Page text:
I recently purchased a Sony Vaio F-Series laptop (December 2011). Of course I installed Windows Home Server v1 (WHS) Console and set up a nightly backup, which went flawlessly and somewhat automatically due to Windows 7 64 built in settings.
For kicks, I thought I’d test out the WHS Computer Restore just to make sure the program would recognize the hardware and network drivers to perform the OS restoration should a dire situation come my way at some future time. To my surprise, WHS Restore did install what appeared to be the proper drivers for my 64bit Realtek PCIe GBE controller and hard drive drivers, but upon moving forward WHS Restore could not find my WHS via the network. Oh, boy.. Not even opening up the Console and pulling the WHS Restore files out of a recent back up would work. Which made no sense given they ARE the correct drivers!
I did a little Google searching and found that other versions of Sony, Alien Ware and anything using a newer Realtek PCIe network card would have this issue. Seems that WHS V1 Restore installs the correct driver for the hardware, but it’s not compatible for the restore OS that’s running.
So, I go to Realtek’s driver site and get a few versions and load them onto a USB thumb drive. No matter what driver I put on the drive, WHS Restore would show “no drivers available.” But I found that can mean two different things: A-the drivers are not compatible with the hardware or B-the USB thumb drive is not being read. Well, be careful Sony Vaio F-Series owners as these laptops have two USB 3 and one USB 2 jacks. WHS v1 Restore cannot recognize or read from a USB 3 jack! I found out the hard way by finally using a thumb drive with a LED indicator of connectivity. When plugged into the USB 3 jack it did not light up…which got me thinking. So I put it in the USB 2 jack…wha-la…connection.
After a combination of research and trial and error, I found that the the Win-7 64 bit driver did not work. So, then I tried the XP/Server 2003 64 bit drivers. No go either.
So, I dug around some more and found that this fix typically involves running the 32 bit version of the network driver. With that I found the following: For an XP OS restoration, you’d install the 32 bit XP/Server 2003 driver from the Realtek website. Same goes for Windows 7, but with a twist. This OS requires the 32 bit Vista/WinServer 2008 drivers. I downloaded the Vista/WinServer 2008 32/64 driver pack, extracted it to a USB flash drive. Plugged it into the USB 2 jack and ticked the button to install driveras and BAM. It found and installed them. Of course it listed it as a Realtek driver but not the correct hardware version number. As is to be expected given that the hardware was newer than the driver. I progressed further and Bingo, WHS Restore found my server on the network! I proceeded through the typical WHS v1 restoration process as usual. Within 35 minutes my Vaio F-Series was restored to the settings from the night before. Perfect!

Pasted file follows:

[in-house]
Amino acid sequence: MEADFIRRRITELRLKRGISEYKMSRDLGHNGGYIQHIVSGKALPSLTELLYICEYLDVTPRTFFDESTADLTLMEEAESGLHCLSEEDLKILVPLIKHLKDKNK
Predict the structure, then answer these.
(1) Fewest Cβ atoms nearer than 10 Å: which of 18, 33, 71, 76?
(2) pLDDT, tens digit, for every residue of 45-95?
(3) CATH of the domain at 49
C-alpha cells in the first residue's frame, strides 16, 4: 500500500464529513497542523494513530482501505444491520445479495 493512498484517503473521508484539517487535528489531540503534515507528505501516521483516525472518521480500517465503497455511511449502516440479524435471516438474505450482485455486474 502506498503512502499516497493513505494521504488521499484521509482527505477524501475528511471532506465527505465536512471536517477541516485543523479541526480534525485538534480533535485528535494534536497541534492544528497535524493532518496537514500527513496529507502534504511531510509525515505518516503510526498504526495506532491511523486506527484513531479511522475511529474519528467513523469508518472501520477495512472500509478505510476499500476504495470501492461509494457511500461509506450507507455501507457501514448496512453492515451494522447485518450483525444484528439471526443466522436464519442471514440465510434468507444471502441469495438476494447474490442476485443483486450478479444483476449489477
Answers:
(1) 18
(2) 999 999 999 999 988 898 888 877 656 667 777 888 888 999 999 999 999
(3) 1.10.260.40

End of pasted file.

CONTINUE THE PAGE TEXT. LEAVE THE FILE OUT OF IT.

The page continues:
Bottom line: WHS v1 Restore disc was made waaay before a lot of newer hardware and Realtec network cards are a bit temperamental. Be sure to use the 32 bit driver even if restoring a 64 bit OS and driver! In the case of Win-7, you must also take a step back and use the 32 bit Vista/WinServer 2008 driver. Bit quirky, but it works. Needless to say, I’ve got the driver installed on a dedicated USB thumb drive marked accordingly and “use USB 2 jack” just for good measure.
Hope this helps a few of you Sony Vaio F-Series owners running WHS v1! Or, anyone running WHS v1 and using newer Realtek NIC cards.
Realtek PCIe Network Card driver support page Be sure to download the correct driver listed. You can go back and select either PCIe or PCI. For the newer Sony Vaio F series, you’ll need the PCIe link.